While it can be a bit tedious to go through an existing list of documents, in the long run, the work will pay off handsomely.

Step 4: Filter to Find

The metadata tags allow you to filter on any of the columns (just like a click on the Name column can give you an alphabetized list). Want to see what creatives are ready for each platform? Click on that column heading to see a sortable list. The same goes for looking at posts by type or completion status.

SharePoint is a powerful way to keep your documents organized and searchable in different ways.


7 Myths Small Businesses Still Believe About PC Technology

The 7 PC Myths Draining Your Business Technology Budget

Evaluating your business technology budget? These 7 PC myths could be costing you a lot of money. From slow computers to hacker vulnerability, see how to fix it.  

Slow Computers

Think you’re saving money by keeping those old PCs running in the office? Think again. An Intel study found that using a business PC that’s older than five years costs the business nearly $700 a year in repair and maintenance costs alone. What other costly PC myths are draining your technology budget?

Myth #1: A Slow Computer Has a Virus

Slow computers are productivity killers. If you have slow PCs, studies show that the average employee loses 40 min/day due to downtime.

That’s on top of 29% reduced productivity due to slower processing.

For many years, office workers have proclaimed, “it’s got a virus”. But the truth is there are many reasons that computers slow down over time. And your technology solutions partner will have many troubleshooting techniques in their tool belt to speed up slow work stations.

So if the virus scanner turns up nothing, know that you have options. Here are just a few things you can try:

  • Clearing caches and history
  • Rebooting if you haven’t rebooted for a few days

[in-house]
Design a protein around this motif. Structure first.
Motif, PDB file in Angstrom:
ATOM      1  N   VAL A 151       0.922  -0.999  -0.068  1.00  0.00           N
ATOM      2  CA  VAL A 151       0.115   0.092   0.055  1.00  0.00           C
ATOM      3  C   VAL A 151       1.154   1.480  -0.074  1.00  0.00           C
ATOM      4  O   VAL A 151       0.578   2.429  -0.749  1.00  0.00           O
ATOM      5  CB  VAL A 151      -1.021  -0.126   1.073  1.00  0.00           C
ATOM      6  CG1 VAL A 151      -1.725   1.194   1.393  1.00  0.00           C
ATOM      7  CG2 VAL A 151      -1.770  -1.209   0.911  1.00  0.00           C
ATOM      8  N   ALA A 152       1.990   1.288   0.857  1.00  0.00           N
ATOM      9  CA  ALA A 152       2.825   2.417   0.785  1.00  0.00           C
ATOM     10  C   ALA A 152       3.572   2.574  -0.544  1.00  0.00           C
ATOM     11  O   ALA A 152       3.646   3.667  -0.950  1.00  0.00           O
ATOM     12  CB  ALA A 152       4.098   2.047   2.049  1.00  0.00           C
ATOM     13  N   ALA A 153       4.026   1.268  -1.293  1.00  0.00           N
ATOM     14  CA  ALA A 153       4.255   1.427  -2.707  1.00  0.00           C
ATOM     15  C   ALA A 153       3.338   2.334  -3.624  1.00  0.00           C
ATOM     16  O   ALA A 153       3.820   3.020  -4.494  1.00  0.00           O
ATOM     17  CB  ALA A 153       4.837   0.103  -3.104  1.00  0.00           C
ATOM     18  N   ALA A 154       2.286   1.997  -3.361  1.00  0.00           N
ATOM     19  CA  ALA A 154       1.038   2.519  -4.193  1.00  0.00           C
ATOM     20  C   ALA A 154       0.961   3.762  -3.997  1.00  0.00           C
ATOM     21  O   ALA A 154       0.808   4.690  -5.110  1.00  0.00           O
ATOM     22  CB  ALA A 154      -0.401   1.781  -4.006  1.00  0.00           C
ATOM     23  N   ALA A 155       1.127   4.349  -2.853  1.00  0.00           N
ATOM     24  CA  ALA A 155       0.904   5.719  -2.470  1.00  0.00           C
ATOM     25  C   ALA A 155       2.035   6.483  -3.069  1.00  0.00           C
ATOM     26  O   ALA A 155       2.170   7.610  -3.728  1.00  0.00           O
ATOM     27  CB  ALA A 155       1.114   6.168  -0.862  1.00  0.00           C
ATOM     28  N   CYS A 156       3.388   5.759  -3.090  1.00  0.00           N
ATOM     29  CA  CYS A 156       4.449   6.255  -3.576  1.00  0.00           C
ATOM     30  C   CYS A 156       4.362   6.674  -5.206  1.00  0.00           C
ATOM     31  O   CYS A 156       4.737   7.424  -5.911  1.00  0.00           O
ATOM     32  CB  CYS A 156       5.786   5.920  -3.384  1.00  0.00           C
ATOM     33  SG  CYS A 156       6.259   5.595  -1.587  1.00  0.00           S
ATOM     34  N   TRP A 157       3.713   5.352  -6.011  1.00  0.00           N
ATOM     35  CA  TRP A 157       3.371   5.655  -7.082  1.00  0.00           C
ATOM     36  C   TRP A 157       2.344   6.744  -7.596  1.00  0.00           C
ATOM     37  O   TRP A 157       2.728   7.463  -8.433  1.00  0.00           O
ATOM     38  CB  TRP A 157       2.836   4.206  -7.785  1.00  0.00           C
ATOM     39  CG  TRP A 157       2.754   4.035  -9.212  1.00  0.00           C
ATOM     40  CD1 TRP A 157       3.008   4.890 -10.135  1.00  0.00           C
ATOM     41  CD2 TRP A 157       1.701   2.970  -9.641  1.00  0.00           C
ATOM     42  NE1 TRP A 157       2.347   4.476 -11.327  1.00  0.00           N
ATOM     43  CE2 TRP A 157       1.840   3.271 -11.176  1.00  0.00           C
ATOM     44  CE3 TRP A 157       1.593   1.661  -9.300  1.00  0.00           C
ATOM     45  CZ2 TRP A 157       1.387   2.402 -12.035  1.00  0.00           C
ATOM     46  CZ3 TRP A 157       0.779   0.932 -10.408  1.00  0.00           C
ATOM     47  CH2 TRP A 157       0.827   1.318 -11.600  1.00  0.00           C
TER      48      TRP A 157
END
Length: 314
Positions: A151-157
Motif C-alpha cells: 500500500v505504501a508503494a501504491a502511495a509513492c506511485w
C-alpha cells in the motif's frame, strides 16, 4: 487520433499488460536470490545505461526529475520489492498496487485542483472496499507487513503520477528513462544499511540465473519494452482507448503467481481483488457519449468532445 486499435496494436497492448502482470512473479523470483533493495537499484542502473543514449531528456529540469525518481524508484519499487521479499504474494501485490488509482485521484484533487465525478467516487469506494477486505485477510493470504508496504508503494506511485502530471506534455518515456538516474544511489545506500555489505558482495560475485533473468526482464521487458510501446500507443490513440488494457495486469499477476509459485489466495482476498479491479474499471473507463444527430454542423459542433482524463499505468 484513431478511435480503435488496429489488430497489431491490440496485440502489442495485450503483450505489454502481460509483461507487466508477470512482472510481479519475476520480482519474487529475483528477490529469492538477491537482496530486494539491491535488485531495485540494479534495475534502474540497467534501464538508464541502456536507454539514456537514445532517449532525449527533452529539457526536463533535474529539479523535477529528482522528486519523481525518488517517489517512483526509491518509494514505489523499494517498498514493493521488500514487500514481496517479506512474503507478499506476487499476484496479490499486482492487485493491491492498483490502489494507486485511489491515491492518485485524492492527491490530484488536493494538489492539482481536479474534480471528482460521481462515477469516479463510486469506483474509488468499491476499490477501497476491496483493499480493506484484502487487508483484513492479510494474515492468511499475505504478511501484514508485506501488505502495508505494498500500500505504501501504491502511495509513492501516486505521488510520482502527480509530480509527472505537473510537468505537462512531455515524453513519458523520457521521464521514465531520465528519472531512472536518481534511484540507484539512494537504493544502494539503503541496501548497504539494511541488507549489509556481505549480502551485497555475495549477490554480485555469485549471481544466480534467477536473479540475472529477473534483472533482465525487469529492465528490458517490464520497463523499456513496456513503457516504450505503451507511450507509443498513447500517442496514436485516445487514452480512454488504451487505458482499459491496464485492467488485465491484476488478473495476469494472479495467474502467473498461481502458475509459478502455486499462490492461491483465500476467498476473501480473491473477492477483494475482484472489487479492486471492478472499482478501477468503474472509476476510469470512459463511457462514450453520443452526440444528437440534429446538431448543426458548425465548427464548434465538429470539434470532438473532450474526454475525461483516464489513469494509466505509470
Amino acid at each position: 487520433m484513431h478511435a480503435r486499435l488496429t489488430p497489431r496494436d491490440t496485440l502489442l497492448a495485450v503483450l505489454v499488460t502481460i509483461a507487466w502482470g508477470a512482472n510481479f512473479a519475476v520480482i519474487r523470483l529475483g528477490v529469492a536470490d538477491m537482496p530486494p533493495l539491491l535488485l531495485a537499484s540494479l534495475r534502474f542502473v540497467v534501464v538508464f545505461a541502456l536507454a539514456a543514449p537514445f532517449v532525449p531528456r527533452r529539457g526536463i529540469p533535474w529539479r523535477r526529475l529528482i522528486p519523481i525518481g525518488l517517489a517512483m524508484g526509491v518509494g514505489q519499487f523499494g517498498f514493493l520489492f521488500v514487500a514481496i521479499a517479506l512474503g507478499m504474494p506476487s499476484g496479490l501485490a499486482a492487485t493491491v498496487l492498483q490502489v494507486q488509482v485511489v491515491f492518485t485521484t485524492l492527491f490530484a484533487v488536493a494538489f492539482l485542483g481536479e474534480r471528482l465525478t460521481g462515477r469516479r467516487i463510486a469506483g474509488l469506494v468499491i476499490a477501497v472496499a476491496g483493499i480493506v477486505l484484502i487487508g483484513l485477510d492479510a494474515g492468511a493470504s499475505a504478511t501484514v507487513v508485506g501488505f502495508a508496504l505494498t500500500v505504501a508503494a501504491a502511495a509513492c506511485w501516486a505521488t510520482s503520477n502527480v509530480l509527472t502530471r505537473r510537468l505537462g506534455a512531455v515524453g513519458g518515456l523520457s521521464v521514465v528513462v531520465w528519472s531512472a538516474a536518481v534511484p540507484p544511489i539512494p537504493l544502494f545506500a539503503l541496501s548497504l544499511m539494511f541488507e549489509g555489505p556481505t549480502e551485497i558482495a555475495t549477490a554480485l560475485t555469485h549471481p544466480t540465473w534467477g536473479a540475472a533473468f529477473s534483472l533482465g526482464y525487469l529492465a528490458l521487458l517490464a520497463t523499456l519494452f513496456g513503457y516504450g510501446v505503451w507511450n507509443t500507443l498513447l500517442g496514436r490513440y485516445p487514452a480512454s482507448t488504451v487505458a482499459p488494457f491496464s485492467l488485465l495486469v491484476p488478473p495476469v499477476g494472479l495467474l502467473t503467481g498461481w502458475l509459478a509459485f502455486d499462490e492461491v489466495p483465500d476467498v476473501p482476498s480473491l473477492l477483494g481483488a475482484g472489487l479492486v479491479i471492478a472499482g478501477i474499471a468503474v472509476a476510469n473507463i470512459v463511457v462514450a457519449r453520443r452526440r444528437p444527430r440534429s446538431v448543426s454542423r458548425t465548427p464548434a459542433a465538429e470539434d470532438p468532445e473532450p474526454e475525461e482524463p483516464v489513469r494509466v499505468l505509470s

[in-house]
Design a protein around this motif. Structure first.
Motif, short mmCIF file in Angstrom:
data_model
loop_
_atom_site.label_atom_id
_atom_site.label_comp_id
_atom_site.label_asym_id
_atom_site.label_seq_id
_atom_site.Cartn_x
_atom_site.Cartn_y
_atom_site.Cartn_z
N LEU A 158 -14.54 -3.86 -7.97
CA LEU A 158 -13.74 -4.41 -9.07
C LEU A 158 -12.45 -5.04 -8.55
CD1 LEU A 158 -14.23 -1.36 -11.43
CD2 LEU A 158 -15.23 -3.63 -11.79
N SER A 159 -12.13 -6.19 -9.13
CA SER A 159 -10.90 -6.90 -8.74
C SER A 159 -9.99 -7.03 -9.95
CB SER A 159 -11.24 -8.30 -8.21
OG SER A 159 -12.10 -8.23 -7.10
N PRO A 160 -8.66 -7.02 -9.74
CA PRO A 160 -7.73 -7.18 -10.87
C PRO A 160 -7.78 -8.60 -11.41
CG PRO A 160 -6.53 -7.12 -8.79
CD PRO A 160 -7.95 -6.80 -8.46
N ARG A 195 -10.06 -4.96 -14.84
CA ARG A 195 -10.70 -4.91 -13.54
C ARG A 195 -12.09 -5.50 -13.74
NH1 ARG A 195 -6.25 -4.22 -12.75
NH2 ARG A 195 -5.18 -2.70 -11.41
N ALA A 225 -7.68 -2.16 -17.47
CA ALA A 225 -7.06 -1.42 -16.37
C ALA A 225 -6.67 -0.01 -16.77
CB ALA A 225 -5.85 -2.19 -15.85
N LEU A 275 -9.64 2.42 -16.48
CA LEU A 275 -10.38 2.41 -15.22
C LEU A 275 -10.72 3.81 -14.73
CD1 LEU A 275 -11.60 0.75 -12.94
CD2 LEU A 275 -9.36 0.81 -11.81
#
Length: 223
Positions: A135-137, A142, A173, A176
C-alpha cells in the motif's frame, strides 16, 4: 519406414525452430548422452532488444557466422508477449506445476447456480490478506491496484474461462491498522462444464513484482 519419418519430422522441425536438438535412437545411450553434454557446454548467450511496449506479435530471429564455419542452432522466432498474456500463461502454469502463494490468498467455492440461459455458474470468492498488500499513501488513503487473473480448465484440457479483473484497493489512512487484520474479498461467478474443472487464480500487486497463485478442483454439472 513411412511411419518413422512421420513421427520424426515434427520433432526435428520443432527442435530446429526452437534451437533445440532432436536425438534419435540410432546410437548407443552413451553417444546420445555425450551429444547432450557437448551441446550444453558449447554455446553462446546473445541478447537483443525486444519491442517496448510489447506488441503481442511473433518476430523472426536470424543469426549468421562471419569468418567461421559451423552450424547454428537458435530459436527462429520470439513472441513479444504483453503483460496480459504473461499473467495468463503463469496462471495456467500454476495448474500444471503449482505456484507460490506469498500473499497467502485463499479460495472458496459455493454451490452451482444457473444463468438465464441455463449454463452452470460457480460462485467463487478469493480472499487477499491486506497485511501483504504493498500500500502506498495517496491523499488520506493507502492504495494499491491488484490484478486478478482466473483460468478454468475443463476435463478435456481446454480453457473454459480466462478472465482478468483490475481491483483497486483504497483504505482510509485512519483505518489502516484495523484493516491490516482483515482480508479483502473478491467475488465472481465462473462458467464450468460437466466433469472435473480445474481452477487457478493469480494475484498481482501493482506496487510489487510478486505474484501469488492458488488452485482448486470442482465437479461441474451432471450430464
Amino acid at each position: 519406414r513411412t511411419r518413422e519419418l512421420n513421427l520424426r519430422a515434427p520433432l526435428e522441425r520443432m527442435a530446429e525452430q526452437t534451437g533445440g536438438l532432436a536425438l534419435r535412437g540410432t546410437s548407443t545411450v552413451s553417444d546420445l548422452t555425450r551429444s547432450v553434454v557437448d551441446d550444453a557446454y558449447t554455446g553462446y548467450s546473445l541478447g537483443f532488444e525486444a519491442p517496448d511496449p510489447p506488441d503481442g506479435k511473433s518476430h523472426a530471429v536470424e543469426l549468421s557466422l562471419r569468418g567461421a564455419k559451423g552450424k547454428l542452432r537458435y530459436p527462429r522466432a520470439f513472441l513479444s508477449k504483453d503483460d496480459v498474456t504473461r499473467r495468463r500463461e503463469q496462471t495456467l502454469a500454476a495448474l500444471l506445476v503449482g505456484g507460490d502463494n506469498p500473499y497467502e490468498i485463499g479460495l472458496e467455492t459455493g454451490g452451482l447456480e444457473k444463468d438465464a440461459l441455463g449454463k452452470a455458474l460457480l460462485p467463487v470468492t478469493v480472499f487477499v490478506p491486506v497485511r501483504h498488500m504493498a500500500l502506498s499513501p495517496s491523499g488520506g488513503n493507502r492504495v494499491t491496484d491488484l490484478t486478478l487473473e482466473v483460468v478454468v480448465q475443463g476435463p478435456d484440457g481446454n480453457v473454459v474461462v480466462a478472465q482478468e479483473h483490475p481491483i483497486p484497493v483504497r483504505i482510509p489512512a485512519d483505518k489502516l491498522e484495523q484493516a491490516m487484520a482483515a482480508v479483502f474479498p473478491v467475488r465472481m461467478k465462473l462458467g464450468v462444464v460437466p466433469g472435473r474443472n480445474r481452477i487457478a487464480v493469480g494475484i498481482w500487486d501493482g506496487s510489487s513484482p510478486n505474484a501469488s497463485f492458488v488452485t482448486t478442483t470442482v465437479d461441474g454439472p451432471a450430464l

• Closing programs and re-opening (not a good long-term solution)
  • Reducing the number of start-up programs
  • Checking for conflicting malware protectors

Myth #2: Macs Don’t Get Viruses

Who knows where this one started? Probably Apple or Apple enthusiasts trying to get a foothold in the business computer market. Truth, Macs are just as susceptible to malware. Whether you’re a Mac business or a PC business, you need a comprehensive cybersecurity strategy.

Myth #3: Letting Your Battery Run Down Before Charging to Extend Battery Life

This was true on older devices. Leaving a laptop docked on a charger would kill the battery life.

But if you have business laptops, tablets and phones that are less than five years old, this is no longer the case. Devices with lithium-ion batteries do not suffer this fate. On top of that, Microsoft, Apple and Android now use machine learning to track your charging habits and avoid straining the battery.

Myth #4: Our Business Is Too Small to Be Targeted by Hackers

Actually, over 50% of cyberattacks happen to small businesses. They’re often less prepared. And they may be complacent, thinking what are the chances they’d attack us?

Most cyber attackers don’t go for the big score. Instead, it’s more efficient to go for the least protected. Attacking 10 poorly protected small businesses versus one better protected medium-sized business will yield a higher ROI for the hackers.

That’s smart business!

Myth #5: Consumer PCs and Business PCs Are Interchangeable

This is especially untrue now. With so many people doing most of their computing on their phones, home computers haven’t needed to advance much beyond the technology of 10-15 years ago.

Instead, manufacturers have focused on the business market, where businesses demand faster processing and greater capabilities. For this reason, the fact is, if you’re buying PCs for business, make sure they can handle business computing.